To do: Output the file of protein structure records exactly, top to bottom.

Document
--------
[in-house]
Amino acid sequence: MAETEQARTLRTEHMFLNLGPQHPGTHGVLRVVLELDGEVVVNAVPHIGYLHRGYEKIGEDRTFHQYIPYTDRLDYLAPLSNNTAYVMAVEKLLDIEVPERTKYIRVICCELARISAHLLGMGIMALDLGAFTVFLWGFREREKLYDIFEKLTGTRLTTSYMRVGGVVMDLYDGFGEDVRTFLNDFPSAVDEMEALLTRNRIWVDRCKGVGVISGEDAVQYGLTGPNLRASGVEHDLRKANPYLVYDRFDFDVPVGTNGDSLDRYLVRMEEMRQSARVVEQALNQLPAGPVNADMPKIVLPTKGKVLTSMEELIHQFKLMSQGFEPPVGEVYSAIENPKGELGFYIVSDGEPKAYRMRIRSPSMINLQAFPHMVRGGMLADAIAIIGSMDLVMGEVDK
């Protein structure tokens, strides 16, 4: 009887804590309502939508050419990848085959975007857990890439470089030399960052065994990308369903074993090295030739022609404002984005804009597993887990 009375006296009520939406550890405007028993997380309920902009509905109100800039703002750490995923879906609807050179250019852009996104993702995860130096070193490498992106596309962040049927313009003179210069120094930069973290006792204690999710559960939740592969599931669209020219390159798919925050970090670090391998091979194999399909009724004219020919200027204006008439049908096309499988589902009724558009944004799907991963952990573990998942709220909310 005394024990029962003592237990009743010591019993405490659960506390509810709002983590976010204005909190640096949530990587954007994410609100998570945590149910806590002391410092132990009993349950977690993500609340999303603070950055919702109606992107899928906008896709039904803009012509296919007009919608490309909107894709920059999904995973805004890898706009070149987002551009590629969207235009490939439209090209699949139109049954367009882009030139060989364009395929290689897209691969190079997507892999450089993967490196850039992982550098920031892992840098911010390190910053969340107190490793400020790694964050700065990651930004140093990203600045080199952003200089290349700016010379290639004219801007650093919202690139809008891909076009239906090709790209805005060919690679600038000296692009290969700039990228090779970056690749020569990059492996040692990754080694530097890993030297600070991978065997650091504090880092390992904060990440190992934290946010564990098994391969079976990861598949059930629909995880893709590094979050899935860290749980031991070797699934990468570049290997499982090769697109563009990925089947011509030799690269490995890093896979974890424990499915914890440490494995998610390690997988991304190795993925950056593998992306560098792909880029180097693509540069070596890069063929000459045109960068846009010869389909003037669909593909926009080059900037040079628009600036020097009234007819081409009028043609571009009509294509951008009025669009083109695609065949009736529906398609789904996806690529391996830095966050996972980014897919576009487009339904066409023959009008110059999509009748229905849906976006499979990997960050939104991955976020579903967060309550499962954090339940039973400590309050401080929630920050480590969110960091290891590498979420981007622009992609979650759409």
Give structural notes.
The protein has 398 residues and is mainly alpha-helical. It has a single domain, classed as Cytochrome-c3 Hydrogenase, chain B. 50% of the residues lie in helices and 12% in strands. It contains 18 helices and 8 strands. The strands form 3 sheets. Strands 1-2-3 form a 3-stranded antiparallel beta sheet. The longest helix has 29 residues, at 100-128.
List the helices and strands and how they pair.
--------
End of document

[in-house]
Amino acid sequence: MAETEQARTLRTEHMFLNLGPQHPGTHGVLRVVLELDGEVVVNAVPHIGYLHRGYEKIGEDRTFHQYIPYTDRLDYLAPLSNNTAYVMAVEKLLDIEVPERTKYIRVICCELARISAHLLGMGIMALDLGAFTVFLWGFREREKLYDIFEKLTGTRLTTSYMRVGGVVMDLYDGFGEDVRTFLNDFPSAVDEMEALLTRNRIWVDRCKGVGVISGEDAVQYGLTGPNLRASGVEHDLRKANPYLVYDRFDFDVPVGTNGDSLDRYLVRMEEMRQSARVVEQALNQLPAGPVNADMPKIVLPTKGKVLTSMEELIHQFKLMSQGFEPPVGEVYSAIENPKGELGFYIVSDGEPKAYRMRIRSPSMINLQAFPHMVRGGMLADAIAIIGSMDLVMGEVDK
């Protein structure tokens, strides 16, 4: 009887804590309502939508050419990848085959975007857990890439470089030399960052065994990308369903074993090295030739022609404002984005804009597993887990 009375006296009520939406550890405007028993997380309920902009509905109100800039703002750490995923879906609807050179250019852009996104993702995860130096070193490498992106596309962040049927313009003179210069120094930069973290006792204690999710559960939740592969599931669209020219390159798919925050970090670090391998091979194999399909009724004219020919200027204006008439049908096309499988589902009724558009944004799907991963952990573990998942709220909310 005394024990029962003592237990009743010591019993405490659960506390509810709002983590976010204005909190640096949530990587954007994410609100998570945590149910806590002391410092132990009993349950977690993500609340999303603070950055919702109606992107899928906008896709039904803009012509296919007009919608490309909107894709920059999904995973805004890898706009070149987002551009590629969207235009490939439209090209699949139109049954367009882009030139060989364009395929290689897209691969190079997507892999450089993967490196850039992982550098920031892992840098911010390190910053969340107190490793400020790694964050700065990651930004140093990203600045080199952003200089290349700016010379290639004219801007650093919202690139809008891909076009239906090709790209805005060919690679600038000296692009290969700039990228090779970056690749020569990059492996040692990754080694530097890993030297600070991978065997650091504090880092390992904060990440190992934290946010564990098994391969079976990861598949059930629909995880893709590094979050899935860290749980031991070797699934990468570049290997499982090769697109563009990925089947011509030799690269490995890093896979974890424990499915914890440490494995998610390690997988991304190795993925950056593998992306560098792909880029180097693509540069070596890069063929000459045109960068846009010869389909003037669909593909926009080059900037040079628009600036020097009234007819081409009028043609571009009509294509951008009025669009083109695609065949009736529906398609789904996806690529391996830095966050996972980014897919576009487009339904066409023959009008110059999509009748229905849906976006499979990997960050939104991955976020579903967060309550499962954090339940039973400590309050401080929630920050480590969110960091290891590498979420981007622009992609979650759409």
Give structural notes.
The protein has 398 residues and is mainly alpha-helical. It has a single domain, classed as Cytochrome-c3 Hydrogenase, chain B. 50% of the residues lie in helices and 12% in strands. It contains 18 helices and 8 strands. The strands form 3 sheets. Strands 1-2-3 form a 3-stranded antiparallel beta sheet. The longest helix has 29 residues, at 100-128.
List the helices and strands and how they pair.